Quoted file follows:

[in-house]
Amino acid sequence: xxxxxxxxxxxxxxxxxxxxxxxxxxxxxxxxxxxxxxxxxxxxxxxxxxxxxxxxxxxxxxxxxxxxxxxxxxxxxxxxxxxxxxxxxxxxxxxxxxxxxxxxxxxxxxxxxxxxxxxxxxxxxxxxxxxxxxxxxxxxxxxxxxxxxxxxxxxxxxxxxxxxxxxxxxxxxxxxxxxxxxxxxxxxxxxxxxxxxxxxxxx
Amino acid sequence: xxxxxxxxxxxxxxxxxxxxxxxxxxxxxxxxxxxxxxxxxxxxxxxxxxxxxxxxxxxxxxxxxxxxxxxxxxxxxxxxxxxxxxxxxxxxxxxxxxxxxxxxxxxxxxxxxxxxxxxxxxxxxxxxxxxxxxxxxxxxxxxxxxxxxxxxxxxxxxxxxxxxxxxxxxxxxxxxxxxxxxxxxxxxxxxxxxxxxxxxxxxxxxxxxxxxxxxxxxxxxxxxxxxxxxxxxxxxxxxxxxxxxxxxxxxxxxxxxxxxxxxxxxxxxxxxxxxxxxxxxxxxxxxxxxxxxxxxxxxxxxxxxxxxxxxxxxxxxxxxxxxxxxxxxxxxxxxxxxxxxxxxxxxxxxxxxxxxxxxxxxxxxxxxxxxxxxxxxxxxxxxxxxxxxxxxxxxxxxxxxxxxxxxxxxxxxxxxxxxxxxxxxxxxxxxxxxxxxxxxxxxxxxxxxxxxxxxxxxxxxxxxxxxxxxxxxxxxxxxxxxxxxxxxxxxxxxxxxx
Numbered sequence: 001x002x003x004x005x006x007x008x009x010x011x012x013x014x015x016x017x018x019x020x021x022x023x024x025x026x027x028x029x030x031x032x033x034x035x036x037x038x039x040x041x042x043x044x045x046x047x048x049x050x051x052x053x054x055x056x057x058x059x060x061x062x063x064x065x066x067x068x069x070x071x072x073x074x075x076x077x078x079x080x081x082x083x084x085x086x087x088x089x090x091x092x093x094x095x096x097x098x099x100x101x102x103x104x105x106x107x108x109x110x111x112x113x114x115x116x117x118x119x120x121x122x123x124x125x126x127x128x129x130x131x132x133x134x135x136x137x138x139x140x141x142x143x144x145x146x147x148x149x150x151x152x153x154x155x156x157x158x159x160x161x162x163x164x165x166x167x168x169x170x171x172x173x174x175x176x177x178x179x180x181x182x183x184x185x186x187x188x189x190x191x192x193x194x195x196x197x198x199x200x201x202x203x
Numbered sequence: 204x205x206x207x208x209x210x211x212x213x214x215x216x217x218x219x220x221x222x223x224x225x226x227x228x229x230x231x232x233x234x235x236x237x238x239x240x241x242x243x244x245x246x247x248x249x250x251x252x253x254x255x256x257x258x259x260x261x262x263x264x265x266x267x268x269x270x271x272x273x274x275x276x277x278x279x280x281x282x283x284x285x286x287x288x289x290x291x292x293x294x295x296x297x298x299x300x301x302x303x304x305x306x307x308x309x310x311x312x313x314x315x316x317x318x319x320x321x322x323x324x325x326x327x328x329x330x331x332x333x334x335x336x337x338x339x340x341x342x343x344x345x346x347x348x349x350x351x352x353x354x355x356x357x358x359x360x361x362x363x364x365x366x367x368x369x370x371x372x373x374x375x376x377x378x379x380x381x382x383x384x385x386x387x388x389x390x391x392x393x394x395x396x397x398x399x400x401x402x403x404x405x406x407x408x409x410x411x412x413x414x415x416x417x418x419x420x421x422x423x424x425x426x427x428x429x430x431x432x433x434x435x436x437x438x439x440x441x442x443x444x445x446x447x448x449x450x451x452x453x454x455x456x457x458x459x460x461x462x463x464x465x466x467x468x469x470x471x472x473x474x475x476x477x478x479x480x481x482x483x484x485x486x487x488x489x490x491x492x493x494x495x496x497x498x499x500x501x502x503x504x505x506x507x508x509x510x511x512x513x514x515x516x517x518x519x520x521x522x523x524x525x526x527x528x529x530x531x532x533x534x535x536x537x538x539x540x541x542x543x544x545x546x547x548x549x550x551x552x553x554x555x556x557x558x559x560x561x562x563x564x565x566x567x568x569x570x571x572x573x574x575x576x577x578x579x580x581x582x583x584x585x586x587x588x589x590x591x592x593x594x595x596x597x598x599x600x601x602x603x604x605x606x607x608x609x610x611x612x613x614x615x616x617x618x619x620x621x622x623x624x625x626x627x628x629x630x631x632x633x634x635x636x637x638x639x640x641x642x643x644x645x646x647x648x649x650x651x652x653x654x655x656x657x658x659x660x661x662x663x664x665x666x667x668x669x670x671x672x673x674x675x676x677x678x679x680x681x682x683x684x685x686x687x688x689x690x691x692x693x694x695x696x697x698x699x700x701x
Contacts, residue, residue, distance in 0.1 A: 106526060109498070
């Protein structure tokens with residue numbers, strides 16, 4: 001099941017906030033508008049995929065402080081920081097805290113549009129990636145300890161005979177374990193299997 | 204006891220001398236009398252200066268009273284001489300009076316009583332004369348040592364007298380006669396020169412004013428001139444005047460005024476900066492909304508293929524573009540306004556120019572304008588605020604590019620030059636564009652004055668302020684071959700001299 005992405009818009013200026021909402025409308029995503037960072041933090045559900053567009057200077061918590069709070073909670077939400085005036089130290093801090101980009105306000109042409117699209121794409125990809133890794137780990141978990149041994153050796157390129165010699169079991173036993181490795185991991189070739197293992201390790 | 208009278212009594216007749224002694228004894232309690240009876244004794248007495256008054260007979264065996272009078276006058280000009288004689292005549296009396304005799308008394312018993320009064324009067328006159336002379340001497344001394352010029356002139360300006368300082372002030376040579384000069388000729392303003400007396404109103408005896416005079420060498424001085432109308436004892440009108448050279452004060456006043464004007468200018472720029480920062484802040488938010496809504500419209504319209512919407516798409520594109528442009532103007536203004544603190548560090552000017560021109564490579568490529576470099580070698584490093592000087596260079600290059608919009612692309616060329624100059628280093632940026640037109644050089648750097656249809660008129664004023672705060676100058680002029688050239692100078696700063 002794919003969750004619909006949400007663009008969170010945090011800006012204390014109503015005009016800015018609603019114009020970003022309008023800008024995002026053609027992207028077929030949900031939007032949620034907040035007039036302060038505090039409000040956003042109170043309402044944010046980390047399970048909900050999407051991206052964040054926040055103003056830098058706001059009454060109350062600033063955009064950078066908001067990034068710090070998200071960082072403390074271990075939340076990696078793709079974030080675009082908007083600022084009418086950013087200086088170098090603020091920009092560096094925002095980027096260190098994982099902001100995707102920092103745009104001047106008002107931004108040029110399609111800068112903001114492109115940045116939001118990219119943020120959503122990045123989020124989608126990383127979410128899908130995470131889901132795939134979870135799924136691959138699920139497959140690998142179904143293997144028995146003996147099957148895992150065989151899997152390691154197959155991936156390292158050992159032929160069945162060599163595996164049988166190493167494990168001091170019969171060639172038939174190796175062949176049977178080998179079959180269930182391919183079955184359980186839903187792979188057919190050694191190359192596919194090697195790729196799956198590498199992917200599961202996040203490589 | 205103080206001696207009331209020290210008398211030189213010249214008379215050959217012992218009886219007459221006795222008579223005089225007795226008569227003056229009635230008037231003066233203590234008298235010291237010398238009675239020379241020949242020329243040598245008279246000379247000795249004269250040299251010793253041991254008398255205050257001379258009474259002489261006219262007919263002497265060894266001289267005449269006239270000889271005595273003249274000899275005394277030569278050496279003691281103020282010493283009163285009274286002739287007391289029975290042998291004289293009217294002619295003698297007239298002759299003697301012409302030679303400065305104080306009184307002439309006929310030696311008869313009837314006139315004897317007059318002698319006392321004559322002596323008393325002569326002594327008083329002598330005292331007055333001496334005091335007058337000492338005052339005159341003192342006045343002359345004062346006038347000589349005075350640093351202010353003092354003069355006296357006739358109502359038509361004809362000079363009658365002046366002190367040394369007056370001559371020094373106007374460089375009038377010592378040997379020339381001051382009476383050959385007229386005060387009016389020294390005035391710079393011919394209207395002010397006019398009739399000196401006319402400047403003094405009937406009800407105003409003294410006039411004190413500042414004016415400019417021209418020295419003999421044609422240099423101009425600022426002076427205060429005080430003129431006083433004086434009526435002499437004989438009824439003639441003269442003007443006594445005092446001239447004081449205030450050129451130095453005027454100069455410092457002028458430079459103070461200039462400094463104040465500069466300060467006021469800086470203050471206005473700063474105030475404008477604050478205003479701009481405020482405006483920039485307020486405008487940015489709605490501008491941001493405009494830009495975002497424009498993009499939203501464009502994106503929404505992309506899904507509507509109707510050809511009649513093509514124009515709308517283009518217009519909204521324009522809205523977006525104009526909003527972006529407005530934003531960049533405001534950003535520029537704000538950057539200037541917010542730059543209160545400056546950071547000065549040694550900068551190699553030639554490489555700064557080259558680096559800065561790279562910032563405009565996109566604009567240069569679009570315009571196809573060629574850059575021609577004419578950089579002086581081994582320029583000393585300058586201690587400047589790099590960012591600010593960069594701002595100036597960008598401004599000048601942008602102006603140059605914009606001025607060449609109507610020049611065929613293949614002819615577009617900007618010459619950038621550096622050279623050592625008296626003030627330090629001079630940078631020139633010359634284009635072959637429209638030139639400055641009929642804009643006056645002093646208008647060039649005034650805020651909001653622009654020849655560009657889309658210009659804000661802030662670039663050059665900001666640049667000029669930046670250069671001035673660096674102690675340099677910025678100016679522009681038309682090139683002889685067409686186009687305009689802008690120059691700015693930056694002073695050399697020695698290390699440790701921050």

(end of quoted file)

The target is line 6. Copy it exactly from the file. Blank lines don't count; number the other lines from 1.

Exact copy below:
Contacts, residue, residue, distance in 0.1 A: 106526060109498070